“Little girls are our future . . . and we need to empower them now and instill them with confidence in who they are and what they can do and let them know that it’s limitless," Whitney Cheney says.
In the heart of Manhattan on the 15th floor of Parsons School of Design, Whitney Cheney gazed out the window at a giant gold hand perched atop a wax museum. The perfectly manicured fingernails and lined knuckles were simultaneously grotesque and fascinating amidst the hodgepodge of historic and modern architecture in New York City, and her own fingers itched to capture the feeling of it.
“I always have a little notebook and a pen with me because I’m always sketching something and jotting down an idea or a concept,” said Cheney.
Initially, Cheney’s clothing designs were primarily of the high fashion variety — items that were worn by runway models. But today, those sketches mainly involve swimsuits for young girls. Cheney is the business guru behind LaLa Swimwear, a startup company selling modest two-piece swimsuits for girls ages 2-13.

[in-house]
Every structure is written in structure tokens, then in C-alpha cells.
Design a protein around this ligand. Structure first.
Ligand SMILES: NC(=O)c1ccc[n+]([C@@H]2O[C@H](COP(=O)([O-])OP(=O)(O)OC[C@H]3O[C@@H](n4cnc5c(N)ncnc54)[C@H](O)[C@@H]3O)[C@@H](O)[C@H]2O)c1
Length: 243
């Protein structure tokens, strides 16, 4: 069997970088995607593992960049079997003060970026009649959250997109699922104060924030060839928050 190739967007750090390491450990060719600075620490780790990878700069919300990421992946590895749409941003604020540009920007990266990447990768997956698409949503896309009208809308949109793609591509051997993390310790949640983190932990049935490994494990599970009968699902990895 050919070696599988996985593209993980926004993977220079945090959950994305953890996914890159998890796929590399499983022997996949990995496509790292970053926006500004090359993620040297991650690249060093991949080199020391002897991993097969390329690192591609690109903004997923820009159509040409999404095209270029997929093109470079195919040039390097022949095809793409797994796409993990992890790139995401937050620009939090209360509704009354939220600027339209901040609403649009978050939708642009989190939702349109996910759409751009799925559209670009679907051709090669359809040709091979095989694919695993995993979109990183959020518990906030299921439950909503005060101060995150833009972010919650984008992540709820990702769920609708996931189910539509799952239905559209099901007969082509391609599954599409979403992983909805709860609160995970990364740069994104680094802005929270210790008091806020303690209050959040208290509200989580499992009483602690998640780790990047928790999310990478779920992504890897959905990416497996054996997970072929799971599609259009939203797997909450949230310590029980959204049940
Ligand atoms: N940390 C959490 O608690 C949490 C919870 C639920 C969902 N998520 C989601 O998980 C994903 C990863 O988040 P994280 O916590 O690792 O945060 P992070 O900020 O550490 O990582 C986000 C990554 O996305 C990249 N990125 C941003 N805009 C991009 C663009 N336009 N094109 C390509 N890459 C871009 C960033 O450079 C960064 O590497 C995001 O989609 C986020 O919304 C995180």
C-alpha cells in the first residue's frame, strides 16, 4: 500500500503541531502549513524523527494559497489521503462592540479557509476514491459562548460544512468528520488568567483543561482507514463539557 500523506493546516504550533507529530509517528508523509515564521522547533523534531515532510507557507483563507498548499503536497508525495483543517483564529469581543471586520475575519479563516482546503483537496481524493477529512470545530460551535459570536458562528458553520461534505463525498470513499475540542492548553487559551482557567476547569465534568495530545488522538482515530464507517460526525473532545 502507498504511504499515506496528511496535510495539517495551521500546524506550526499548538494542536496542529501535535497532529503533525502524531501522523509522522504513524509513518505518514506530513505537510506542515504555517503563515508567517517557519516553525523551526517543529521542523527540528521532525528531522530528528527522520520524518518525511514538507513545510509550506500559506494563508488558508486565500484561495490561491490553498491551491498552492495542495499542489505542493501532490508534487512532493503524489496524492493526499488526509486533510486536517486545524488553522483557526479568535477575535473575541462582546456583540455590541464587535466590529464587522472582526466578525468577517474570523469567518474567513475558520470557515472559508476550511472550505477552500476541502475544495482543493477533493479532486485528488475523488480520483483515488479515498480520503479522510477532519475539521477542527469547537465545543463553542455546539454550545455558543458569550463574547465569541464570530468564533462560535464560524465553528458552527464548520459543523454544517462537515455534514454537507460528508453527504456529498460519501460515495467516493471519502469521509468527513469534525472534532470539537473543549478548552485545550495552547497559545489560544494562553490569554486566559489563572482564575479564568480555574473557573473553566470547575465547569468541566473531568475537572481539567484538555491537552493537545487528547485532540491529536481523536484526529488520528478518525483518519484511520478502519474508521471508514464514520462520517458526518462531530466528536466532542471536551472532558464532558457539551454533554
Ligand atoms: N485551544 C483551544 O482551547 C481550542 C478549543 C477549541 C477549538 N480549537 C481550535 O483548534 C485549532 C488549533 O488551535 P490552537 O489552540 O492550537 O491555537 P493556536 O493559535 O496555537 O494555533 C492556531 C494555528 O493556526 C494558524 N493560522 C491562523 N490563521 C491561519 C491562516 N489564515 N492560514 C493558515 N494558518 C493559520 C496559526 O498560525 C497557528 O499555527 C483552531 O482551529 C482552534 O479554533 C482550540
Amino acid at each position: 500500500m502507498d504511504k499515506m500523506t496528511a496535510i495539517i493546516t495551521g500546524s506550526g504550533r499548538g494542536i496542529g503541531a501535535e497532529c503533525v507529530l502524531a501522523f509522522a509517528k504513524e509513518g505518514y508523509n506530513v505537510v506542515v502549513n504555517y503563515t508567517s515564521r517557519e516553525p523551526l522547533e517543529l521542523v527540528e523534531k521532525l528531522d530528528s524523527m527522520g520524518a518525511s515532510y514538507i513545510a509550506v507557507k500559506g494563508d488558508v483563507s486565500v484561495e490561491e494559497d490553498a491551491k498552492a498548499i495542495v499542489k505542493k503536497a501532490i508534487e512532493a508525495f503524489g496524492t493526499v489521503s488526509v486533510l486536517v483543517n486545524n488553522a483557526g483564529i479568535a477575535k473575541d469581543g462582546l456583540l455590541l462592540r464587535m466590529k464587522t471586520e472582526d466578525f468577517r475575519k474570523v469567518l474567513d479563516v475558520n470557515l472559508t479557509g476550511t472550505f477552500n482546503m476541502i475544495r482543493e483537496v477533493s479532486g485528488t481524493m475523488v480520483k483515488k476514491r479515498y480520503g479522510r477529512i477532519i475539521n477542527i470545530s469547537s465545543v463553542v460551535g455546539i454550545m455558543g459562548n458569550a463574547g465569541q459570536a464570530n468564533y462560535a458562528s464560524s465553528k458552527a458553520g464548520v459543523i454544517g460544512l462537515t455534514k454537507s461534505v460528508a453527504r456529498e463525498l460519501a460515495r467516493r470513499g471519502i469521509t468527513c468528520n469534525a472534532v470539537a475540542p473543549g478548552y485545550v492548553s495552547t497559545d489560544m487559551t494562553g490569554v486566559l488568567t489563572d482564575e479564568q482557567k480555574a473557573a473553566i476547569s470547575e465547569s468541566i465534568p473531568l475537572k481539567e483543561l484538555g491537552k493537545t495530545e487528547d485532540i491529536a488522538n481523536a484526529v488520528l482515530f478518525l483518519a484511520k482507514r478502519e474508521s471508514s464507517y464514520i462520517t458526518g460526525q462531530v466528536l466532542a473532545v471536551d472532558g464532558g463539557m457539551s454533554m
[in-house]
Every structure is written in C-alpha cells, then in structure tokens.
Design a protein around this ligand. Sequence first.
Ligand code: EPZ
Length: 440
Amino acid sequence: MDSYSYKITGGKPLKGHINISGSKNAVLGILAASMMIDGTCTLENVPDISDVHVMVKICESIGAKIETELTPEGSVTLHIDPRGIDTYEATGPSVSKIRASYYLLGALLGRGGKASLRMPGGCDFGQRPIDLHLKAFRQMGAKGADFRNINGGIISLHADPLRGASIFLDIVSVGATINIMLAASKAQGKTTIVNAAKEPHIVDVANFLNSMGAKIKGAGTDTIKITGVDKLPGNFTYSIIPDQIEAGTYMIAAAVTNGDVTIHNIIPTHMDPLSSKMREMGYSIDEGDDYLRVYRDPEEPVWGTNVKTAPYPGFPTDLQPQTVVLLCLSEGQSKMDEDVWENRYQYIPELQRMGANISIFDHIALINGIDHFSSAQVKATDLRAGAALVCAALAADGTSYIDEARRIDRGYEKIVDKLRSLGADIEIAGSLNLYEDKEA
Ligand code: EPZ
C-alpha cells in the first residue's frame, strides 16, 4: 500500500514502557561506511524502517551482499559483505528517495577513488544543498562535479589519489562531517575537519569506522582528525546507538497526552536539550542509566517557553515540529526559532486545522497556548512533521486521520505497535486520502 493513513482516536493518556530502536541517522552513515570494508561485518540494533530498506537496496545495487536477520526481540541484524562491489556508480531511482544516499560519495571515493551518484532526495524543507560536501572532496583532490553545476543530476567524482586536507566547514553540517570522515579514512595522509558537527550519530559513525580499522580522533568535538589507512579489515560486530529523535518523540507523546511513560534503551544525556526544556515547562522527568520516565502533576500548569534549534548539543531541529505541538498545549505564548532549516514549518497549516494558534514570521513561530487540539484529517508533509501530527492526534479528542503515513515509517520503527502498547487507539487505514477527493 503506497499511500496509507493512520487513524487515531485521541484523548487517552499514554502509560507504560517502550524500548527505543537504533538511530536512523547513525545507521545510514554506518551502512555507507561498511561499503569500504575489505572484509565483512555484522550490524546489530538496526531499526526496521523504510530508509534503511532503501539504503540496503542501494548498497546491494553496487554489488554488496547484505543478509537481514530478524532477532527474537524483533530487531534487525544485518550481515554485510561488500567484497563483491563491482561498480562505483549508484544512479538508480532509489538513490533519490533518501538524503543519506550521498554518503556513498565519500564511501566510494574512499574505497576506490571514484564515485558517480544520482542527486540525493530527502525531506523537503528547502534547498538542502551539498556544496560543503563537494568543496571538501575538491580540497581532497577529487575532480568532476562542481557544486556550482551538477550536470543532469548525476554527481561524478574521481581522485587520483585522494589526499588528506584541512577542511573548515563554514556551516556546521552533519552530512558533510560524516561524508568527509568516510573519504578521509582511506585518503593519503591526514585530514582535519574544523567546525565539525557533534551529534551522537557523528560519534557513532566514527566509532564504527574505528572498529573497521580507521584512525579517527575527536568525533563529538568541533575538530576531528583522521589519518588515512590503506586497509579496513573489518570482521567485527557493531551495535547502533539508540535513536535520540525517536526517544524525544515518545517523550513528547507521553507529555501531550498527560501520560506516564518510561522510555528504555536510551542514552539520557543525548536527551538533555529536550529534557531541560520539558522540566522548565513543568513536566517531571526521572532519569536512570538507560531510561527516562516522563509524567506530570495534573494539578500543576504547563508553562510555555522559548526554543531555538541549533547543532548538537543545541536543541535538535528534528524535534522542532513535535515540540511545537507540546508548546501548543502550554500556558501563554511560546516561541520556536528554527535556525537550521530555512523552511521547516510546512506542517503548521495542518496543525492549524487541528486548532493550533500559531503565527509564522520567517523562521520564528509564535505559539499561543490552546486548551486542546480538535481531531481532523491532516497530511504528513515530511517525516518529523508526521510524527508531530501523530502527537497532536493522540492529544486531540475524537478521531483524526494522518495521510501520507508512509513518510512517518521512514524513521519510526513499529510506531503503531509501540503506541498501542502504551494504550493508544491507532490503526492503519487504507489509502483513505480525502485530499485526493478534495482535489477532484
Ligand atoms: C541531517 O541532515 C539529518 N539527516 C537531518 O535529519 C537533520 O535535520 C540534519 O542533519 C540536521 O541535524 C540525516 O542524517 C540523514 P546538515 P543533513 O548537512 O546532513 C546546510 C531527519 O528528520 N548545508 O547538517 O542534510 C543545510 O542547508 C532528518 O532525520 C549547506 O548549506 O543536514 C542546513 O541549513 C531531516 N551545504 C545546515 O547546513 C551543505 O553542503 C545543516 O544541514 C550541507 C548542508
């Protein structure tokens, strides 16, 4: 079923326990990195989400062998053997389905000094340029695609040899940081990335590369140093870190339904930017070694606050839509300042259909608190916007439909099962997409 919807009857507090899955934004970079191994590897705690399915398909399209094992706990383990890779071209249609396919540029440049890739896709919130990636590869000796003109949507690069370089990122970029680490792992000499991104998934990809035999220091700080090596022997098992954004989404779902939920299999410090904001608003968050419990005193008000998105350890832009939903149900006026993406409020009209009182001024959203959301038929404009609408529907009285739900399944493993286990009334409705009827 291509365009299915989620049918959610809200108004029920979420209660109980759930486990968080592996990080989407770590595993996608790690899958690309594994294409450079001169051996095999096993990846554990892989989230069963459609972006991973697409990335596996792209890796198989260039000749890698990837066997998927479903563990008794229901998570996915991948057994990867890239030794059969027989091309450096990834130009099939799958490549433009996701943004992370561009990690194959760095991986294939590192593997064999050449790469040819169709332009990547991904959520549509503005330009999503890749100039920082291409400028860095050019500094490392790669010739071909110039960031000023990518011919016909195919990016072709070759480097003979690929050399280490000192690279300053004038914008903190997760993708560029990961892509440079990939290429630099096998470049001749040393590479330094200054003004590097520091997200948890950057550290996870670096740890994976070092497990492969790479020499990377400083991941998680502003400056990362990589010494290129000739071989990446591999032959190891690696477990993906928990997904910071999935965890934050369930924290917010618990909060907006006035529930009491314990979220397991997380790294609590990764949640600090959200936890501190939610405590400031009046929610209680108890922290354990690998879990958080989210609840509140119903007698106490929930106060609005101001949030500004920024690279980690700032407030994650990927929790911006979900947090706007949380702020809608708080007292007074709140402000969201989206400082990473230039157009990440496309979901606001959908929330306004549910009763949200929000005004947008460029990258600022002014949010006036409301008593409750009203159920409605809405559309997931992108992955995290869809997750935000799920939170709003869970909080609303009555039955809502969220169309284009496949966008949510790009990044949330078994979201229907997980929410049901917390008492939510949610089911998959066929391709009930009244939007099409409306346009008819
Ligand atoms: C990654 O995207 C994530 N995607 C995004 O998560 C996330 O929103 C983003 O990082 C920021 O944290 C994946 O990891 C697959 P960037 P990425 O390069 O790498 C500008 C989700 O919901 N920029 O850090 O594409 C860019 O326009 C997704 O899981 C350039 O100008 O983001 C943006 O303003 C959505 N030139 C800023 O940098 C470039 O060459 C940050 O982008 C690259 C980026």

The change of direction was significant for Cheney, who left her fashion program early to serve a mission in Busan, Korea, for The Church of Jesus Christ of Latter-day Saints. Post-mission, Cheney graduated in entrepreneurship from Utah Valley University instead of returning to fashion school — a choice she ultimately attributes to her faith in God.